Transport for London
Whitechapel station, situated on Whitechapel Road in east London, England, was opened in 1876 by East London Railway. The station is currently undergoing a major upgrade to service the Crossrail line and is expected to serve approximately 100 million passengers a year.
Whitechapel Crossrail station is one of the nine new stations being built on the central section of the route. The journey time from the station to Heathrow Airport and Canary Wharf station will be reduced to 39min and three minutes respectively.
Construction activities at Whitechapel station commenced in 2011 and are expected to be completed in 2018. The estimated cost of construction is £110m ($180m).
Whitechapel station will act as an interchange between the Crossrail, Hammersmith and City, District (HCDL) and London Overground (LO) lines. The station is expected to witness 24 Crossrail trains per day during peak times.
Trains from Whitechapel station will run to Liverpool Street station in the west and Stratford or Canary Wharf in the east.
Access to the underground station will be provided through the existing Whitechapel Road entrance. The upper concourse includes the ticket barriers and provides access to the HCDL and LO platforms by stairs and lift respectively. The lower concourse can be accessed through lift and stairs to reach the Crossrail platforms. The LO platforms can also be accessed using the lower concourse.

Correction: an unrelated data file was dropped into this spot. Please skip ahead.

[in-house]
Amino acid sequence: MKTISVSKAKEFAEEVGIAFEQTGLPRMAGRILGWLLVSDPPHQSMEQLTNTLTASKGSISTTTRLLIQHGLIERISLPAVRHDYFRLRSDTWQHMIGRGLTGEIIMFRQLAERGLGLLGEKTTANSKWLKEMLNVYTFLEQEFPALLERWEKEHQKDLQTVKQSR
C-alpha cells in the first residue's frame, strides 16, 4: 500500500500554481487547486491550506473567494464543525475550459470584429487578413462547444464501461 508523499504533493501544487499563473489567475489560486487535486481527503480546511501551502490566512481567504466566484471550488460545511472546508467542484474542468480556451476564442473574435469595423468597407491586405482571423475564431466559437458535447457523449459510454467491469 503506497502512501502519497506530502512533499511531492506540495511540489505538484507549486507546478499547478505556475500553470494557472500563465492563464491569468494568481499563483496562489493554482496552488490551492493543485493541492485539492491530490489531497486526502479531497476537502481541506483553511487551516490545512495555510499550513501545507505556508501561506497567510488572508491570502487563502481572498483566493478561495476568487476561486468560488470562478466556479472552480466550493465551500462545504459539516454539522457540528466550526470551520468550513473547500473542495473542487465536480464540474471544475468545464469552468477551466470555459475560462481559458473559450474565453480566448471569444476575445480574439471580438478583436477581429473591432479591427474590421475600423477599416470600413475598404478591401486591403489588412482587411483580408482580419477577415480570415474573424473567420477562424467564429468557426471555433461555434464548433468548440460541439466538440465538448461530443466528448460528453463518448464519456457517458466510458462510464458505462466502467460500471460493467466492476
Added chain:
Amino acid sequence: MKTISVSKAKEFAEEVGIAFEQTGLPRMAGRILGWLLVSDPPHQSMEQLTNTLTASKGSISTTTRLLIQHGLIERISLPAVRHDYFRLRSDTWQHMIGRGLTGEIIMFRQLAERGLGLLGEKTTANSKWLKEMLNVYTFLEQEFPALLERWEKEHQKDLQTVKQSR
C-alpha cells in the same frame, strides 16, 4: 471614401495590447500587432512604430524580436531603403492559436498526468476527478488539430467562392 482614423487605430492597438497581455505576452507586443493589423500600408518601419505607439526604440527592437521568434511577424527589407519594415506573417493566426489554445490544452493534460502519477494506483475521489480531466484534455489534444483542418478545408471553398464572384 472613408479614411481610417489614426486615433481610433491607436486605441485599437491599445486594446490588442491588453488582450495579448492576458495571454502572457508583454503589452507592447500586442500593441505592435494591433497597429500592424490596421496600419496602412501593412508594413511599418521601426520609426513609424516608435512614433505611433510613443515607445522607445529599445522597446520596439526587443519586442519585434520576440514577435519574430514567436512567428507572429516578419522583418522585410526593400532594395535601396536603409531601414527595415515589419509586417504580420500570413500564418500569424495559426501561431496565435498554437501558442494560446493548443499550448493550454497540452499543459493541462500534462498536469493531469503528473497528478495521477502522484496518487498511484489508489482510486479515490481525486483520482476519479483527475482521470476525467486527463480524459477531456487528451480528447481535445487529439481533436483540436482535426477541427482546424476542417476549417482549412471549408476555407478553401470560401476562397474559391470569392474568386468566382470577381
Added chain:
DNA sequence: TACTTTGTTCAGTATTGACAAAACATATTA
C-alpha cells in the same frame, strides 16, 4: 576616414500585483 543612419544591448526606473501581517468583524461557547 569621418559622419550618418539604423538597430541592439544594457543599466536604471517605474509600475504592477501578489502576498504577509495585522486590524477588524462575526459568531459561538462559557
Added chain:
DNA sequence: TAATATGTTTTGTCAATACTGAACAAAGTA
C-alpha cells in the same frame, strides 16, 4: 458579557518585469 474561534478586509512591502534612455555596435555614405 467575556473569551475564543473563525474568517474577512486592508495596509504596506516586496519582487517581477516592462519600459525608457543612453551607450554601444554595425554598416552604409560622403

A public route will be provided alongside the concourse from Whitechapel Road to Durward Street.
The station will use escalators instead of stairs for approaching the London Underground platforms.
New design and structure
The new design of Whitechapel station was made public in June 2010. It includes the development of four new structures: Crossrail platforms, Cambridge Heath Shaft, Durward Heath Shaft and the ticket hall and concourse.
Platform tunnels, 200m in length, will be constructed to the north of the existing station. Access to the platforms from the concourses will be provided by three escalators.
Cambridge Heath Shaft will have a diameter of 30m, and will provide ventilation and emergency access. It is designed to reduce the visual impact for local residents, as well as construction traffic and noise.
Durward Heath Shaft is being constructed on the western side of the platform and north of the concourse. It will provide access to and exit from the platforms via escalators.
The new ticket hall comprises a large ticket gateline and a second wide-aisle gate to be built in place of the existing single storey concourse and passenger bridge. The concourse will be built above the LO line, and will extend from the station entrance of Whitechapel Road to Durward Street.
The major works include construction of platforms, Durward Heath Shaft, Cambridge Heath Shaft, local street improvement and retention of the existing entrance hall while demolishing the structure of the rear.
Two worksites were created, Essex Wharf worksite and Durward Street worksite. Trucks will access the worksites from Darling Row, Merceron Street and Brady Street during the closure of Durward Street Bridge from 2013 to 2017.
Tunneling is in process at a depth of 32m below the ground. Excavation works are being carried out to create 35m deep shafts near Durward Street and Cambridge Heath Road.
Contractors involved with the project
BBMV, a joint venture of Balfour Beatty, Alpine BeMo and Morgan Sindall & Vinci Construction, was awarded the construction contract for Whitechapel station.
The contractual scope includes partial demolition of the existing station, construction of the new station concourses, ticketing area, shafts, internal structures and platforms, and associated electromechanical and architectural works.